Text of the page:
There is one exception. It's very narrow and it's actually laid out with specificity in the statute. That is that there is a precondition to the application of the presumption of the business judgment rule if the directors or officers take an action to impede the ability of the stockholders to vote for or remove directors. The statute then goes on to carve out and say, "Here's what we don't mean by impeding stockholders." Just the time of the meeting, time of the vote does not count as impeding. A poison pill does not count as impeding. That's actually one of several references in our statutes that expressly contemplate the ability of a board to enact poison pill.
The general rule, even in the change of control situation, including a sale of the company, hostile takeover, the baseline rule is business judgment rule applies. There is no heightened standard or precondition to the application of the business judgment rule. There should not be heightened scrutiny.
In fact, we actually have two very recent, meaning as of last week, so recent they're not even in this slide, Nevada Supreme Court cases which are on somewhat technical matters kind of beyond the scope of this introductory presentation but that very specifically re-emphasize the application of the business judgment rule in Nevada and the limitations on courts' ability to second guess the business judgment of directors.
For merger agreements, where this tends to come into play is all the things that are traditionally required because of Revlon duties, go shops, robust auctions, etc. Those are certainly done in Nevada. Think of them as options that are on the buffet table for you to pick and choose what's appropriate in the circumstance but they are not required. It's not a mandatory checklist to go through in order to get the presumption of business judgment rule. That's where you start in Nevada.
Many people do that because it makes sense. If it's good in the circumstance, if the board wants to negotiate a better deal, all that is well and fine. The board can choose to maximize stockholder value, they're just not required to.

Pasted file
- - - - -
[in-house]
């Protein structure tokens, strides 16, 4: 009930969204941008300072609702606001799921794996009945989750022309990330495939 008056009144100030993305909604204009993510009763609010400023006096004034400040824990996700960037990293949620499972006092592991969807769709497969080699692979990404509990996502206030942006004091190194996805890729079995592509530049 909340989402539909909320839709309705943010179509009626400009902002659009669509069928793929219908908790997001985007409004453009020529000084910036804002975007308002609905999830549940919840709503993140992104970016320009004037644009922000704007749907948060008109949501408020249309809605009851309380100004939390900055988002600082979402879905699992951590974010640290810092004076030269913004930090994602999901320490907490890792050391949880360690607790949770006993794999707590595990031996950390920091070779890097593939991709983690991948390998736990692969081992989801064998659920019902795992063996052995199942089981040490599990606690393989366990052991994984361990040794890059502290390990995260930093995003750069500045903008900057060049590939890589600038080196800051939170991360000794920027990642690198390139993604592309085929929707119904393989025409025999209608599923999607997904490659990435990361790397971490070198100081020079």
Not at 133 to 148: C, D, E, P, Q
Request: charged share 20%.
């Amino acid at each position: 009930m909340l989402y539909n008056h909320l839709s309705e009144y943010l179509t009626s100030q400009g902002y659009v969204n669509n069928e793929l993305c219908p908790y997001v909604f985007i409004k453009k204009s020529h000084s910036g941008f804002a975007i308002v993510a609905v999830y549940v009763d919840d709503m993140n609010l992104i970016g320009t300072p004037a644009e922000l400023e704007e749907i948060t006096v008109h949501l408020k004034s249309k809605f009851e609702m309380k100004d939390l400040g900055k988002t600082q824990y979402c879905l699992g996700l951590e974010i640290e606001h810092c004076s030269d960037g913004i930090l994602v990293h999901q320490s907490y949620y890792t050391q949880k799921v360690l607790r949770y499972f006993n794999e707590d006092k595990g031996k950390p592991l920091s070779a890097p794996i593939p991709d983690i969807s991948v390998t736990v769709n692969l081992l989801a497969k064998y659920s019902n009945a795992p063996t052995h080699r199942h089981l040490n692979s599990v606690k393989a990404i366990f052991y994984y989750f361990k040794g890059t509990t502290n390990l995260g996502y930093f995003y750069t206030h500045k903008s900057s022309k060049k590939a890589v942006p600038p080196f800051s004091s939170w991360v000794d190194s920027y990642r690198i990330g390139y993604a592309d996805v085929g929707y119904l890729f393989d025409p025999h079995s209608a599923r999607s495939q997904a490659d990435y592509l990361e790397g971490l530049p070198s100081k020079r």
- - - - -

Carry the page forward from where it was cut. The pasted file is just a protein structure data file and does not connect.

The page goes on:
Ellen: For merger agreements, just a couple of other things. There's no forced of those in Nevada and boards of directors in Nevada can delegate all of their powers to committees of the board unlike in Delaware. That includes approving mergers, other matters that are submitted to stockholders in a Delaware context. Where you couldn't delegate that to a committee, you can do that in Nevada.
Albert: All of that is by statute, including the no-force-the vote provision. That's actually in our merger statutes, that a force-the-vote provision is unenforceable.
Ellen: Stockholder voting inspection right issues. In Nevada, directors are allowed to buy a plurality of votes unless you provide otherwise in your articles or bylaws. We don't often see other provisions but you can. You can have more than a plurality of votes cast. And the NRS also permits classification of boards, staggered boards. In Nevada, it's four classes as opposed to Delaware's three.
Albert: I've never seen anybody use four but you could do it if you wanted to.
Ellen: But you can, yes. At least one-fourth of the directors has to be elected annually. Removal of directors in Nevada is a little different, again than Delaware and other states. In Nevada, it takes two-thirds of the voting power of the issued now-standing stock entitled to vote to remove a director from office. Nevada law also does not make a distinction between removal for cause or removal without cause, so those are again two differences with Delaware.
Albert: And that two-thirds standard, you can increase in your governing documents but you cannot reduce it.
Ellen: Stockholder meetings. Unless the articles or the bylaws provide for a different proportion of the voting power, a quorum a majority of the voting power. That includes those who are present in person or by proxy and that's regardless of whether proxy has authority to vote on all matters.
The default voting standard for stockholder action in Nevada, except again in the election of directors, which is a plurality, is more votes cast in favor of the action or the proposal than votes cast in opposition. So again, this is a measure of votes actually cast and not of those present at the meeting, for example, extensions, which are not votes cast, are not counted in that scenario. It's a majority of the votes cast. That's the default standard. That doesn't mean you can't provide again for a different standard.
Unless the articles provide otherwise and this has to be in the articles, action may be taken by written consent of the holders of outstanding stock having at least that percentage of votes or the minimum number of votes that would be necessary to take action at a meeting. So, you can take action by written consent unless you provide otherwise in your articles.
Another distinction with Delaware is that the Delaware General Corporation Law requires corporations to give notice of the taking of corporate action without a meeting if it's by less than unanimous written consent. So, all those stockholders who didn't consent in writing, Nevada does not have that requirement.
Bylaws. Directors can make bylaws in Nevada subject to bylaws adopted by the stockholders. I mean, unless otherwise provided by a bylaw that is adopted by the stockholders, directors may adopt, amend or repeal any bylaw, including any bylaw that's adopted by the stockholders. And then the articles may also grant authority to adopt, amend or repeal bylaws exclusively to the directors. Again, we don't see that terribly often but it is something that you are permitted to do under Nevada law.